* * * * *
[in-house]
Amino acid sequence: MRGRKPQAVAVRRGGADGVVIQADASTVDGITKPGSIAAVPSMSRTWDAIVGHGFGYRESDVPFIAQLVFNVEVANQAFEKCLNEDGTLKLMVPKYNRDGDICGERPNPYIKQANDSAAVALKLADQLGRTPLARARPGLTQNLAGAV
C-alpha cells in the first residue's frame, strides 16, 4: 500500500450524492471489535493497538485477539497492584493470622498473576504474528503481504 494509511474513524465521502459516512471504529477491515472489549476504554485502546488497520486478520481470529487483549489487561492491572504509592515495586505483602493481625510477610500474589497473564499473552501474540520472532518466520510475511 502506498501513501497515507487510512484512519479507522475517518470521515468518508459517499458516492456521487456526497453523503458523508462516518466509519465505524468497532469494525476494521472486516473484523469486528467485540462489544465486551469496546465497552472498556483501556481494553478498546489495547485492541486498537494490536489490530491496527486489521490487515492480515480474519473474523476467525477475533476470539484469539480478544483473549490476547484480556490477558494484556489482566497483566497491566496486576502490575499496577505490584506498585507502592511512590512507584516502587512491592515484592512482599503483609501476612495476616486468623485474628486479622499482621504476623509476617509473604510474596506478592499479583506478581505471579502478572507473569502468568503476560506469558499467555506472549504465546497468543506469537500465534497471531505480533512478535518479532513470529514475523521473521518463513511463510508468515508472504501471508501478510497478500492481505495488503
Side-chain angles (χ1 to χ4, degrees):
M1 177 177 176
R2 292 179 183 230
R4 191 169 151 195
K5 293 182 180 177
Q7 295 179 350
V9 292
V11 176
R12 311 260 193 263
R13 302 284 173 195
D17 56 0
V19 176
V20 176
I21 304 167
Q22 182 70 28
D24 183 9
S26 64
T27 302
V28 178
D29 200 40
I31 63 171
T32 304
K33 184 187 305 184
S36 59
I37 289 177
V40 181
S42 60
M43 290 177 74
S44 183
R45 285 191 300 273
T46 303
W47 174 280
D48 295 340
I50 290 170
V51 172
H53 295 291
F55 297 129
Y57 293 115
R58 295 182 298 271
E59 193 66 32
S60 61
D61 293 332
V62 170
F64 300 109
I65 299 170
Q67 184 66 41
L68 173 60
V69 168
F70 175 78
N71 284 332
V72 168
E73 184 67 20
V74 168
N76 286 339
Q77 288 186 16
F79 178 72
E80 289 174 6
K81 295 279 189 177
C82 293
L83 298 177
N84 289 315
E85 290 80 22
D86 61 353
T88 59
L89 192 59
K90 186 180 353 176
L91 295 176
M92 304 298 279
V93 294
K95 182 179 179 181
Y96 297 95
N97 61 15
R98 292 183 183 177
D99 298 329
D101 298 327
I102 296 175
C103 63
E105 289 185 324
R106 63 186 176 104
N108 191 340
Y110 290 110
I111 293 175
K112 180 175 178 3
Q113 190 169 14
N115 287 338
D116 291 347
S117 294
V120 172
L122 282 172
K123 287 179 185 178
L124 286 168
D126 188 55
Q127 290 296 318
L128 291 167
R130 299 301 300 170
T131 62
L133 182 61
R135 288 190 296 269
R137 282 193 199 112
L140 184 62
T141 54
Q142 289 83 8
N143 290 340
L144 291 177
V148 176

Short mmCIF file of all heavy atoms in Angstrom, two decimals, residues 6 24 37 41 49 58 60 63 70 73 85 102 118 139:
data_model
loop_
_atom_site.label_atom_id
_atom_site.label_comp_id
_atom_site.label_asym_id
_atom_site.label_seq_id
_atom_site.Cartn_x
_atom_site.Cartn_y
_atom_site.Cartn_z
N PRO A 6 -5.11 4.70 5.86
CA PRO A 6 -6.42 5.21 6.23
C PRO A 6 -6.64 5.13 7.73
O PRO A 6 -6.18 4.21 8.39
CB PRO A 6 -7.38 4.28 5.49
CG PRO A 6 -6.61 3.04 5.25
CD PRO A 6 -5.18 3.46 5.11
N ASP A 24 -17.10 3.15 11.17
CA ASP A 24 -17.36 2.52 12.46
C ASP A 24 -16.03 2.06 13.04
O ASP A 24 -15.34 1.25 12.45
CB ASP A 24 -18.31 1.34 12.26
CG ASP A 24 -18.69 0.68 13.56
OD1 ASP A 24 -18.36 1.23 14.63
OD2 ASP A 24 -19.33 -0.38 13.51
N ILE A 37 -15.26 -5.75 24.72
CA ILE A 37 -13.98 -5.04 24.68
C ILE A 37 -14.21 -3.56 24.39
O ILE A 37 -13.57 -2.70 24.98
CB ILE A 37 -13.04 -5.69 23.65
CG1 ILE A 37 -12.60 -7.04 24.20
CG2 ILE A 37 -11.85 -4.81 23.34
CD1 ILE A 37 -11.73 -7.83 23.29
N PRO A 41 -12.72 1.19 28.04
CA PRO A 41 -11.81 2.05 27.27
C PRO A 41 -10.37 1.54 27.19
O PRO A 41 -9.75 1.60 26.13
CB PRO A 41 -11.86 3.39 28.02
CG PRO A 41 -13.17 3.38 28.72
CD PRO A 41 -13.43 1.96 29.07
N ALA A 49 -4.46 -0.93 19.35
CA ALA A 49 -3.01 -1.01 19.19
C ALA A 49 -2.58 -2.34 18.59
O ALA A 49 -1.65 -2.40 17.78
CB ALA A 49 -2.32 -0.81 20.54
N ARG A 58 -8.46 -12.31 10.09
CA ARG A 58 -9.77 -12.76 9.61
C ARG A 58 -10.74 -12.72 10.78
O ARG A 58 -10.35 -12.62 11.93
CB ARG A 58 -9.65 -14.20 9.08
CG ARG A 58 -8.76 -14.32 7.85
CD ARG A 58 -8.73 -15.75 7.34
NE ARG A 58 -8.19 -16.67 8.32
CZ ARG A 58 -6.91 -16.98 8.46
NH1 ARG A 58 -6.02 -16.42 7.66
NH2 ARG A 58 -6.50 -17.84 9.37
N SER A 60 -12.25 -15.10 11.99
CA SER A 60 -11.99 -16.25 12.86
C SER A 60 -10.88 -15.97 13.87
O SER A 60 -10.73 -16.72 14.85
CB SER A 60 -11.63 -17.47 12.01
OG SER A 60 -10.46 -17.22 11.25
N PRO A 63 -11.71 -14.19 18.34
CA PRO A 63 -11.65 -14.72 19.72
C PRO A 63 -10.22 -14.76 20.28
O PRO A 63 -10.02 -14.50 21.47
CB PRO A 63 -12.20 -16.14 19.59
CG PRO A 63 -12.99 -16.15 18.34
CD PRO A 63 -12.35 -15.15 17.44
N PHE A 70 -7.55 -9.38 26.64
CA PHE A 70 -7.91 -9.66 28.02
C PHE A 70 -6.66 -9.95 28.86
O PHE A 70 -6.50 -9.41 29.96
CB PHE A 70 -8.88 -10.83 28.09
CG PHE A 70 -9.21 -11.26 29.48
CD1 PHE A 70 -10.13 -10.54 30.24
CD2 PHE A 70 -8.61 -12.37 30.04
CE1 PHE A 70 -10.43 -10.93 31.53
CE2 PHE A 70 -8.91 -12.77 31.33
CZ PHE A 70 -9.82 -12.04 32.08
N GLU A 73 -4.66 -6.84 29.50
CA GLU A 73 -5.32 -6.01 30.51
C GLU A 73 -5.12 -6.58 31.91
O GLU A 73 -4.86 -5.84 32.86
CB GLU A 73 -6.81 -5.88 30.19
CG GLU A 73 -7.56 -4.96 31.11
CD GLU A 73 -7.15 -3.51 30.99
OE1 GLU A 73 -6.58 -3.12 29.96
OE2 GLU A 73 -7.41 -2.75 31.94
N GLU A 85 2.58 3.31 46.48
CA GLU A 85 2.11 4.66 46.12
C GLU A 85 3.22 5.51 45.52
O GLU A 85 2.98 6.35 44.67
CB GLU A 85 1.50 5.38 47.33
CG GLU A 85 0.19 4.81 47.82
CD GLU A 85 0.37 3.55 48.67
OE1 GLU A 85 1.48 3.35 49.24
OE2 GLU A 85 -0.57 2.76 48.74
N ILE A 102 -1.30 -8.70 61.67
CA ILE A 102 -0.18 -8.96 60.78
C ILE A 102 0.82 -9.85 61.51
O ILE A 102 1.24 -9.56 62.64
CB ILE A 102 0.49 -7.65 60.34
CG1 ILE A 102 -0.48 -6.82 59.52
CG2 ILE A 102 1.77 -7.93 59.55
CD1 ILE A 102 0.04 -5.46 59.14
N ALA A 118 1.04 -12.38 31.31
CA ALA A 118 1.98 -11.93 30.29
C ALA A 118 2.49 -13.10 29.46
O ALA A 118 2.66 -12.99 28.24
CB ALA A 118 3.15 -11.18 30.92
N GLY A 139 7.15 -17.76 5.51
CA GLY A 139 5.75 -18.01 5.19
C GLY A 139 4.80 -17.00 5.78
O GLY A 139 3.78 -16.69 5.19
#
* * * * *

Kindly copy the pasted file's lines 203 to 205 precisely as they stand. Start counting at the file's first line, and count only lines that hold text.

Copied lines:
CG GLU A 85 0.19 4.81 47.82
CD GLU A 85 0.37 3.55 48.67
OE1 GLU A 85 1.48 3.35 49.24